The language of slavery, in fact, became ever more visible as the crisis mounted to the crescendo of secession in mid-April. Slavery in Virginia, delegates warned, would immediately decay if Virginia were cut off from fellow states that served as the market for their slaves and as their political allies against the Republicans. A Virginia trapped, alone, in the United States would find itself defenseless against runaways, abolitionists and slave rebellions.

But the omnipresence of the language of slavery does not settle the 150-year debate over the relative importance of slavery and states’ rights, for the language of rights flourished as well. The debate over the protection of slavery came couched in the language of governance, in words like “state,” “people,” “union,” “right,” “constitution,” “power,” “federal” and “amendment.” Variants of the word “right,” along with variants of “slave,” appear once for every two pages in the convention minutes. When the Virginians talked of Union they talked of a political entity built on the security and sanction of slavery in all its dimensions, across the continent and in perpetuity.

Contrast this with white Republicans in the North, for whom the real issue was the threat slaveholders presented to the nation. For too long, Republicans argued, slaveholders had overridden popular majorities at home and in the United States as a whole, dragged the country into war, and corrupted the Supreme Court, the presidency and the Senate. The Republicans pointed out that only a quarter of white Southerners owned even a single slave and that the rest of Southern whites suffered from the dominion of slaveholders.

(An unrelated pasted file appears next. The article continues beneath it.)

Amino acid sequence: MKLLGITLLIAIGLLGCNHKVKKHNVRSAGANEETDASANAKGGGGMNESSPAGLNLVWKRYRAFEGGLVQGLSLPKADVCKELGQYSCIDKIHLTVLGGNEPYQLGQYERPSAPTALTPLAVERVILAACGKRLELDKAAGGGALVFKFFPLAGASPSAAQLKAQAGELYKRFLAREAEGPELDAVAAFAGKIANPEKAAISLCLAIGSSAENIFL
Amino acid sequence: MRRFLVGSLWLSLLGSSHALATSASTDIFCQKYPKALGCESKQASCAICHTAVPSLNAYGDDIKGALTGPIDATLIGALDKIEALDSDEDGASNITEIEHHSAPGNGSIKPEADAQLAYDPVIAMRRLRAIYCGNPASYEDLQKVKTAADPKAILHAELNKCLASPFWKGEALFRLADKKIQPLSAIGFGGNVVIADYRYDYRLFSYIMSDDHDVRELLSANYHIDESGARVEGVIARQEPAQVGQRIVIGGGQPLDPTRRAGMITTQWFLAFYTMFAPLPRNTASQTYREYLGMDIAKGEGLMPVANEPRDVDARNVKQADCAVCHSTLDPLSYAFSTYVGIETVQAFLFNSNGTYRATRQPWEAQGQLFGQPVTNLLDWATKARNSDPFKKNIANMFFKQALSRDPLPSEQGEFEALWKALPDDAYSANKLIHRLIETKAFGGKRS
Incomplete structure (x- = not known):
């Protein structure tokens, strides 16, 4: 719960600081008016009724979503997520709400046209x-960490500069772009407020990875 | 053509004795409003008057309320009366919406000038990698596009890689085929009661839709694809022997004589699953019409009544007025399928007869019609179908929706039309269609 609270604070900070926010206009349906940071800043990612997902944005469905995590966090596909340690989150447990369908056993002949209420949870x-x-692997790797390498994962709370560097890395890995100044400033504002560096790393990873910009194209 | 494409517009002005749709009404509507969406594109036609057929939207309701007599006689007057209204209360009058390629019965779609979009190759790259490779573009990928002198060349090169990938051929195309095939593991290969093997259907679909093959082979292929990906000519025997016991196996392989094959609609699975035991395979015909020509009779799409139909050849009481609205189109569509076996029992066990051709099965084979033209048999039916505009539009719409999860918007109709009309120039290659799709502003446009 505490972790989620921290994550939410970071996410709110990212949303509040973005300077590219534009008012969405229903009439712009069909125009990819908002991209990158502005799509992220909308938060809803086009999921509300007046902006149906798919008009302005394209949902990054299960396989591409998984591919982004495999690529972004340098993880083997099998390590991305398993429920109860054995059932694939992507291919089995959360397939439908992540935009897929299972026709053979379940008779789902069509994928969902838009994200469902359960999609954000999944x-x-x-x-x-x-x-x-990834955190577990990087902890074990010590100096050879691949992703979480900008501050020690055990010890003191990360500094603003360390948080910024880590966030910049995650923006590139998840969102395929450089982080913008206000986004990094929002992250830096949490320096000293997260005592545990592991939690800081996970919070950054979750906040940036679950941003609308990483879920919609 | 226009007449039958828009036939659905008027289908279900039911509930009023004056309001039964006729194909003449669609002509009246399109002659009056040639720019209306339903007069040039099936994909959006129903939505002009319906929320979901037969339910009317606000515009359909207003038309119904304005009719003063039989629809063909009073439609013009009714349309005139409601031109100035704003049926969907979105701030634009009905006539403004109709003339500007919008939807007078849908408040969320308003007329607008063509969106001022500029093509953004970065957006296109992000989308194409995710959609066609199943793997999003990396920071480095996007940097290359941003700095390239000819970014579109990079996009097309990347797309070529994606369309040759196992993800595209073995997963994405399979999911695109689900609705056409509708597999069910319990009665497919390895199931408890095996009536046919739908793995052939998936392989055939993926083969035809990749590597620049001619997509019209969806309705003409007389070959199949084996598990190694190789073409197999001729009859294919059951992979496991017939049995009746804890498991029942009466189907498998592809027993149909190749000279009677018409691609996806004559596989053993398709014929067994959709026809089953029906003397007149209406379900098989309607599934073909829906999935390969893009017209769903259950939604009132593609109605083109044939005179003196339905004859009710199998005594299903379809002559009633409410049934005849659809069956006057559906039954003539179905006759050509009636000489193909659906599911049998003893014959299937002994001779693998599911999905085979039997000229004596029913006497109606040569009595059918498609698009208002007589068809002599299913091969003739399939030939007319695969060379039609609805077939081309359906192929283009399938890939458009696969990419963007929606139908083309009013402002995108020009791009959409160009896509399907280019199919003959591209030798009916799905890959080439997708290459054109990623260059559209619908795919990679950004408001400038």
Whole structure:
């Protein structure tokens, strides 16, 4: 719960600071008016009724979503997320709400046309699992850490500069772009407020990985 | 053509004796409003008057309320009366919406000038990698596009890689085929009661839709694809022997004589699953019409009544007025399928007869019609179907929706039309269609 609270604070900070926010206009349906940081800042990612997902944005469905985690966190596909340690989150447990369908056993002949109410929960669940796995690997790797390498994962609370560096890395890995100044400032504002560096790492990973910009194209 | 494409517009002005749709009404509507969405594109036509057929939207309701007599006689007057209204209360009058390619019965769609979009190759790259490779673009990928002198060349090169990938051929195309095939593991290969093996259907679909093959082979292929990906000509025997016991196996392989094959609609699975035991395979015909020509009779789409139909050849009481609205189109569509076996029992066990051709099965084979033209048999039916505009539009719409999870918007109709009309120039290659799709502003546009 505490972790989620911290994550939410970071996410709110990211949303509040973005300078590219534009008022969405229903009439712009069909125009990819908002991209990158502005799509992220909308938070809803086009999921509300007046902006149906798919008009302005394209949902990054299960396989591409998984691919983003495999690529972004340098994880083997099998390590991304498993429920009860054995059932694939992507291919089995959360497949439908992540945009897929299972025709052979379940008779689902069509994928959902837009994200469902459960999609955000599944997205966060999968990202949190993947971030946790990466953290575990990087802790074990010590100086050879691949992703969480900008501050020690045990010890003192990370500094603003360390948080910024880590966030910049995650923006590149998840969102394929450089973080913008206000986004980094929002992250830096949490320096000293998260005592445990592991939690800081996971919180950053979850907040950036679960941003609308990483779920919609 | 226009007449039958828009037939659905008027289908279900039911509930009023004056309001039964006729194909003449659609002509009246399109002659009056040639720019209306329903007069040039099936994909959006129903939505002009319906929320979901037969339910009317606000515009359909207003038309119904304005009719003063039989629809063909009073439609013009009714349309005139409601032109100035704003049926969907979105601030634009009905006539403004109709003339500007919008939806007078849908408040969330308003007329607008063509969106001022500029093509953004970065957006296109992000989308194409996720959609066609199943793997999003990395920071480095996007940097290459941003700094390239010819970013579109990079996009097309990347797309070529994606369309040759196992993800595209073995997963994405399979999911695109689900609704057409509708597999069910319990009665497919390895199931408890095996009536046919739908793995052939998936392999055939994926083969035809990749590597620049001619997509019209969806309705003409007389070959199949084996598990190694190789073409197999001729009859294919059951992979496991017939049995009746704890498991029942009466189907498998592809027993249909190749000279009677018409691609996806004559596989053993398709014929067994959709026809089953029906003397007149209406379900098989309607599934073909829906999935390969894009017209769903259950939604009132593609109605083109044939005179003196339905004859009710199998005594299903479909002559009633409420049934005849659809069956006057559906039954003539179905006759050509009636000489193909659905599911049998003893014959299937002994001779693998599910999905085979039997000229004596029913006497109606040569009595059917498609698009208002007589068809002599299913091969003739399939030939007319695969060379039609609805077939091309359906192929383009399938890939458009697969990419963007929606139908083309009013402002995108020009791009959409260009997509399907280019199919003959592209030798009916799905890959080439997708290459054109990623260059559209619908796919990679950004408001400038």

But the Republicans miscalculated, underestimating the unanimity of white Southerners, whatever their other divisions, over slavery. Entire states, not merely individuals, possessed and were possessed by slavery. Secessionists and Unionists in Virginia sought to protect the single greatest unifying interest in the state – enslaved labor – with the single language they possessed for doing so, a language of political right. The South sought to protect slavery’s interests in the only way available to them, through shifting their allegiance to a new federal system, the Confederate nation.

In short, the records of the Virginia secession debate demonstrate how the vocabularies of slavery and rights, entangled and intertwined from the very beginning of the United States, became one and the same in the secession crisis. Virginians saw themselves as victims, forced into action. Walter Leake, a delegate from Goochland County, lamented that “Northern fanaticism” had brazenly claimed “the power of the Federal Government for the purpose of advancing their selfish interests, and not for the purpose of saving the Constitution or advancing the rights and interests of all.”

The “disease which has called together this convention,” Leake lamented, was the North’s fixation on slavery. That fixation was not a mere “derangement; it is chronic, it is deep-seated,” and it must come to an end. “It is necessary for the Northern people to correct their sentiments upon the subject of slavery, it is necessary that they should abstain from intermeddling with the institution before any harmony or quiet can be restored.” No one could doubt who, or what, was to blame for the crisis of the Union.

Lincoln’s call for non-seceding states to contribute militia to put down the rebellion in South Carolina after the firing on Fort Sumter forced a choice. Virginia, willing to stand aside while the Union was dismantled, would not raise its hand against the “subjugation” of a “sister” slave state. If the federal government could coerce South Carolina it could coerce Virginia. The call for troops drove a choice between the North and the South and the secessionists seized that moment to push Virginia into disunion.